Ethylene glycol is moderately toxic with an oral LDLO = 786 mg/kg for humans.[6] The major danger is due to its sweet taste. Because of that, children and animals are more inclined to consume large quantities of it than of other poisons. Upon ingestion, ethylene glycol is oxidized to glycolic acid which is, in turn, oxidized to oxalic acid, which is toxic. It and its toxic byproducts first affect the central nervous system, then the heart, and finally the kidneys. Ingestion of sufficient amounts can be fatal if untreated.[7]

According to the annual report of the American Association of Poison Control Centers' National Poison Data System in 2007, there were about 1000 total cases resulting in 16 deaths. The 2008 American Association of Poison Control Centers' National Poison Data System annual report lists 7 deaths.(Toxicity, Ethylene Glycol)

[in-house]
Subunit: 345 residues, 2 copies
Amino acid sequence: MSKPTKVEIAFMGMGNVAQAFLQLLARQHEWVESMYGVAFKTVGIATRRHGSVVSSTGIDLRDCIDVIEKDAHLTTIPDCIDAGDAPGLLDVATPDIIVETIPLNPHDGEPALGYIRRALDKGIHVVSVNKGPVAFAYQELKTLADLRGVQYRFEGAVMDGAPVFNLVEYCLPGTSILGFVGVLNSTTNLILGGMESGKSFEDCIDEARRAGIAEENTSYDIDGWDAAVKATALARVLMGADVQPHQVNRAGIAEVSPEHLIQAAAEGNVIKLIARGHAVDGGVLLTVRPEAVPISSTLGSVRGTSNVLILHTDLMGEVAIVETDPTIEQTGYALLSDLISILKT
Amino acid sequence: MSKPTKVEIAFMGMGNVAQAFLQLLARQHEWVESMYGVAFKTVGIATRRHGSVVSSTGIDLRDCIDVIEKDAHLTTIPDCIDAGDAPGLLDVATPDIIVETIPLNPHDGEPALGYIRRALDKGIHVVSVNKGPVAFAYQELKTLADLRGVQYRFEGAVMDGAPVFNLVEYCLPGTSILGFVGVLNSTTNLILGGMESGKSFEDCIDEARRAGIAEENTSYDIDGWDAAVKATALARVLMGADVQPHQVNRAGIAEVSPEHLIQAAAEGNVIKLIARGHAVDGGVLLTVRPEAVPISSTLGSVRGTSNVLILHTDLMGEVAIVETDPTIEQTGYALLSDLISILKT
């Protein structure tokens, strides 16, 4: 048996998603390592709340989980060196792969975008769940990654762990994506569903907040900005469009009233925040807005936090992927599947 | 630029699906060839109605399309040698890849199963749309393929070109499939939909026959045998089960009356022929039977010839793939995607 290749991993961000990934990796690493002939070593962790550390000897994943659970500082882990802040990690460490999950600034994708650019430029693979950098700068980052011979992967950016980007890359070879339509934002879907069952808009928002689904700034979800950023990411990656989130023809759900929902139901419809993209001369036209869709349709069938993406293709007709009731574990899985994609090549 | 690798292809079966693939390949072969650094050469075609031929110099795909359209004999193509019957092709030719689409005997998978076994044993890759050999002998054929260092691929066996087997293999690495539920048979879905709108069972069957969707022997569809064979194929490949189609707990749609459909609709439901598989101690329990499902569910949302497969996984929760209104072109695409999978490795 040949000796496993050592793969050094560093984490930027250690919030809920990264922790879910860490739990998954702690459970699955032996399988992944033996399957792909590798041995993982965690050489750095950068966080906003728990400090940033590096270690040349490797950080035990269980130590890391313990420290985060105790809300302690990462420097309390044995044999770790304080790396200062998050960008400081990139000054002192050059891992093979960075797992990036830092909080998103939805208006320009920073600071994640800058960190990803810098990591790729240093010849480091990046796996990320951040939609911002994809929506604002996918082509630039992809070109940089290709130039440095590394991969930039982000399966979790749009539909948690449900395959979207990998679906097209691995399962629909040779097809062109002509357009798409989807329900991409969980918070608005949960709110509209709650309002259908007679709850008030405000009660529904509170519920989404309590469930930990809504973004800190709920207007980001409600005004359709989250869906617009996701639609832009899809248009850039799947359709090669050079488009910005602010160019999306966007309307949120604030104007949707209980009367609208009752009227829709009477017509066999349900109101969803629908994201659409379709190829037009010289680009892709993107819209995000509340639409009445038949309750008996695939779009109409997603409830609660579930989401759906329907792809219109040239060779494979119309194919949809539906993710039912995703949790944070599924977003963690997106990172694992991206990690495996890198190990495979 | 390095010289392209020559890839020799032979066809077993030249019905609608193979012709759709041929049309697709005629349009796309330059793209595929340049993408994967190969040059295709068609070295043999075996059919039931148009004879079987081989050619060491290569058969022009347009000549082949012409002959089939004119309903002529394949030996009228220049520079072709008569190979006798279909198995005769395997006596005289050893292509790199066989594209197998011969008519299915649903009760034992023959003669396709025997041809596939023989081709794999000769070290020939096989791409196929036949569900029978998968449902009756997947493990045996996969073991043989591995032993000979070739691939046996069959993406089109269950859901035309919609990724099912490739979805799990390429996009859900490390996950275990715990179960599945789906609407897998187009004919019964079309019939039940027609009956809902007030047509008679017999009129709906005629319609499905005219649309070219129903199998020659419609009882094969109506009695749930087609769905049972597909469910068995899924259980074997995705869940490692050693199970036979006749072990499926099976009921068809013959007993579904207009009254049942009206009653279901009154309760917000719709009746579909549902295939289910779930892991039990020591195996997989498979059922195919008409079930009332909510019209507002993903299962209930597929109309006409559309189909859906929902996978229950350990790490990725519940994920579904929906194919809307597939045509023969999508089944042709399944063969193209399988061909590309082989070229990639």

Antifreeze products for automotive use containing propylene glycol in place of ethylene glycol are available, and are generally considered safer to use, as it possesses an unpleasant taste in contrast to the perceived "sweet" taste of toxic ethylene glycol-based coolants, and only produces lactic acid in an animal's body, as their muscles do when exercised.[8]

Australia, the U.K., and seventeen U.S. states (as of 2012) require the addition of a bitter flavoring (denatonium benzoate) to antifreeze; in 2012, U.S. antifreeze manufacturers agreed voluntarily to add a bitter flavoring to all antifreeze that is sold in the consumer market of the U.S.[9]

In the environmentEdit